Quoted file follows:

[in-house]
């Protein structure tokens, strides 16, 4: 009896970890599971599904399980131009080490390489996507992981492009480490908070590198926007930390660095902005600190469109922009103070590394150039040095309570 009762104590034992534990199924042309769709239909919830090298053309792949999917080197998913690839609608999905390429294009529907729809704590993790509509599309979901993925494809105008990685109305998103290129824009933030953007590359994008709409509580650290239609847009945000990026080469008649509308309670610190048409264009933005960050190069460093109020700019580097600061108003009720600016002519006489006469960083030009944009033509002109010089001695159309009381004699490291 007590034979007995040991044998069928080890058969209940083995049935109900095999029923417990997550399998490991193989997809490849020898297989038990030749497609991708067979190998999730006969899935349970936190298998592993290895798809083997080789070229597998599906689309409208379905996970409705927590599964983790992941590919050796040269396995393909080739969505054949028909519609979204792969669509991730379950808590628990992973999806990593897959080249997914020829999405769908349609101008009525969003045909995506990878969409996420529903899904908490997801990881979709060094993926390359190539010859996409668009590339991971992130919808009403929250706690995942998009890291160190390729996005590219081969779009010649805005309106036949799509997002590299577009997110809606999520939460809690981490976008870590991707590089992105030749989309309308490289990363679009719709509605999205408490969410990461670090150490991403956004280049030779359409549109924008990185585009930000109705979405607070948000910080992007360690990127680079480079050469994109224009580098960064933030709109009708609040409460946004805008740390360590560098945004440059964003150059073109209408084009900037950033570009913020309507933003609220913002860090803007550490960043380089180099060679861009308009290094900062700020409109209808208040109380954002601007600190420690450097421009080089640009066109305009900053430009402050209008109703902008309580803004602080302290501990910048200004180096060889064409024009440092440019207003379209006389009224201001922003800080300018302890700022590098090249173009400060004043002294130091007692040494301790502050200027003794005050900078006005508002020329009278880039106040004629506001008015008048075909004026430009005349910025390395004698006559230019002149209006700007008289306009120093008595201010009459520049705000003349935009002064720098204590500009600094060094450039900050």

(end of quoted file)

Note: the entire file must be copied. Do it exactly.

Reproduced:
[in-house]
């Protein structure tokens, strides 16, 4: 009896970890599971599904399980131009080490390489996507992981492009480490908070590198926007930390660095902005600190469109922009103070590394150039040095309570 009762104590034992534990199924042309769709239909919830090298053309792949999917080197998913690839609608999905390429294009529907729809704590993790509509599309979901993925494809105008990685109305998103290129824009933030953007590359994008709409509580650290239609847009945000990026080469008649509308309670610190048409264009933005960050190069460093109020700019580097600061108003009720600016002519006489006469960083030009944009033509002109010089001695159309009381004699490291 007590034979007995040991044998069928080890058969209940083995049935109900095999029923417990997550399998490991193989997809490849020898297989038990030749497609991708067979190998999730006969899935349970936190298998592993290895798809083997080789070229597998599906689309409208379905996970409705927590599964983790992941590919050796040269396995393909080739969505054949028909519609979204792969669509991730379950808590628990992973999806990593897959080249997914020829999405769908349609101008009525969003045909995506990878969409996420529903899904908490997801990881979709060094993926390359190539010859996409668009590339991971992130919808009403929250706690995942998009890291160190390729996005590219081969779009010649805005309106036949799509997002590299577009997110809606999520939460809690981490976008870590991707590089992105030749989309309308490289990363679009719709509605999205408490969410990461670090150490991403956004280049030779359409549109924008990185585009930000109705979405607070948000910080992007360690990127680079480079050469994109224009580098960064933030709109009708609040409460946004805008740390360590560098945004440059964003150059073109209408084009900037950033570009913020309507933003609220913002860090803007550490960043380089180099060679861009308009290094900062700020409109209808208040109380954002601007600190420690450097421009080089640009066109305009900053430009402050209008109703902008309580803004602080302290501990910048200004180096060889064409024009440092440019207003379209006389009224201001922003800080300018302890700022590098090249173009400060004043002294130091007692040494301790502050200027003794005050900078006005508002020329009278880039106040004629506001008015008048075909004026430009005349910025390395004698006559230019002149209006700007008289306009120093008595201010009459520049705000003349935009002064720098204590500009600094060094450039900050």